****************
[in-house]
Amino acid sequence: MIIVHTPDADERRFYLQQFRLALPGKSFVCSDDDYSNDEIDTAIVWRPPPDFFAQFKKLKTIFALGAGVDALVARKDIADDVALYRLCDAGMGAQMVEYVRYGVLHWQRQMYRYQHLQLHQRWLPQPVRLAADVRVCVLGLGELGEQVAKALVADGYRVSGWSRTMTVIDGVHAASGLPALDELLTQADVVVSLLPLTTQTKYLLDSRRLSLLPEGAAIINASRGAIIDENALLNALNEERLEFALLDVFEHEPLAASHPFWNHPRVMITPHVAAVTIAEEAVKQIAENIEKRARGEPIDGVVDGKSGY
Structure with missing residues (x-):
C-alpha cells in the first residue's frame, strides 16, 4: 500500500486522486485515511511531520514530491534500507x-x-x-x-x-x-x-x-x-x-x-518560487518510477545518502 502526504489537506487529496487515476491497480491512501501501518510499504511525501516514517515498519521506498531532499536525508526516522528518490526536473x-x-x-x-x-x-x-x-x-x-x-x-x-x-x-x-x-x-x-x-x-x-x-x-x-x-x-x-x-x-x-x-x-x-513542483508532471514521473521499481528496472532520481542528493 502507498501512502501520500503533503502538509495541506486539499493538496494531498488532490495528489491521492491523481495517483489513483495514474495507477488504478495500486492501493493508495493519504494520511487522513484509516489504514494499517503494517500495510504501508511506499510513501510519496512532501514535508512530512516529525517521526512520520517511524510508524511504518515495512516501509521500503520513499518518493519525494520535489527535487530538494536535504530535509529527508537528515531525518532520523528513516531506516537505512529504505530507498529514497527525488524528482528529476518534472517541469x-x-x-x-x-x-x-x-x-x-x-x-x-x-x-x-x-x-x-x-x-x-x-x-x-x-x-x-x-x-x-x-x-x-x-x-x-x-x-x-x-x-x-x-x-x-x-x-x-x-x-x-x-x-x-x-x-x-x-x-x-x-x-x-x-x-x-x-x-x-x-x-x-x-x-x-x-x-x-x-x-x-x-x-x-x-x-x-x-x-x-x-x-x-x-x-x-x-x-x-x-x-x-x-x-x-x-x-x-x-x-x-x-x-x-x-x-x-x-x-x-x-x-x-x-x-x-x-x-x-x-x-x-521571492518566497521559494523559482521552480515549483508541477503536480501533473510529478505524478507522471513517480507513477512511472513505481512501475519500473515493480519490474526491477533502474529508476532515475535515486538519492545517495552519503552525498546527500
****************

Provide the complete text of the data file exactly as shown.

[in-house]
Amino acid sequence: MIIVHTPDADERRFYLQQFRLALPGKSFVCSDDDYSNDEIDTAIVWRPPPDFFAQFKKLKTIFALGAGVDALVARKDIADDVALYRLCDAGMGAQMVEYVRYGVLHWQRQMYRYQHLQLHQRWLPQPVRLAADVRVCVLGLGELGEQVAKALVADGYRVSGWSRTMTVIDGVHAASGLPALDELLTQADVVVSLLPLTTQTKYLLDSRRLSLLPEGAAIINASRGAIIDENALLNALNEERLEFALLDVFEHEPLAASHPFWNHPRVMITPHVAAVTIAEEAVKQIAENIEKRARGEPIDGVVDGKSGY
Structure with missing residues (x-):
C-alpha cells in the first residue's frame, strides 16, 4: 500500500486522486485515511511531520514530491534500507x-x-x-x-x-x-x-x-x-x-x-518560487518510477545518502 502526504489537506487529496487515476491497480491512501501501518510499504511525501516514517515498519521506498531532499536525508526516522528518490526536473x-x-x-x-x-x-x-x-x-x-x-x-x-x-x-x-x-x-x-x-x-x-x-x-x-x-x-x-x-x-x-x-x-x-513542483508532471514521473521499481528496472532520481542528493 502507498501512502501520500503533503502538509495541506486539499493538496494531498488532490495528489491521492491523481495517483489513483495514474495507477488504478495500486492501493493508495493519504494520511487522513484509516489504514494499517503494517500495510504501508511506499510513501510519496512532501514535508512530512516529525517521526512520520517511524510508524511504518515495512516501509521500503520513499518518493519525494520535489527535487530538494536535504530535509529527508537528515531525518532520523528513516531506516537505512529504505530507498529514497527525488524528482528529476518534472517541469x-x-x-x-x-x-x-x-x-x-x-x-x-x-x-x-x-x-x-x-x-x-x-x-x-x-x-x-x-x-x-x-x-x-x-x-x-x-x-x-x-x-x-x-x-x-x-x-x-x-x-x-x-x-x-x-x-x-x-x-x-x-x-x-x-x-x-x-x-x-x-x-x-x-x-x-x-x-x-x-x-x-x-x-x-x-x-x-x-x-x-x-x-x-x-x-x-x-x-x-x-x-x-x-x-x-x-x-x-x-x-x-x-x-x-x-x-x-x-x-x-x-x-x-x-x-x-x-x-x-x-x-x-521571492518566497521559494523559482521552480515549483508541477503536480501533473510529478505524478507522471513517480507513477512511472513505481512501475519500473515493480519490474526491477533502474529508476532515475535515486538519492545517495552519503552525498546527500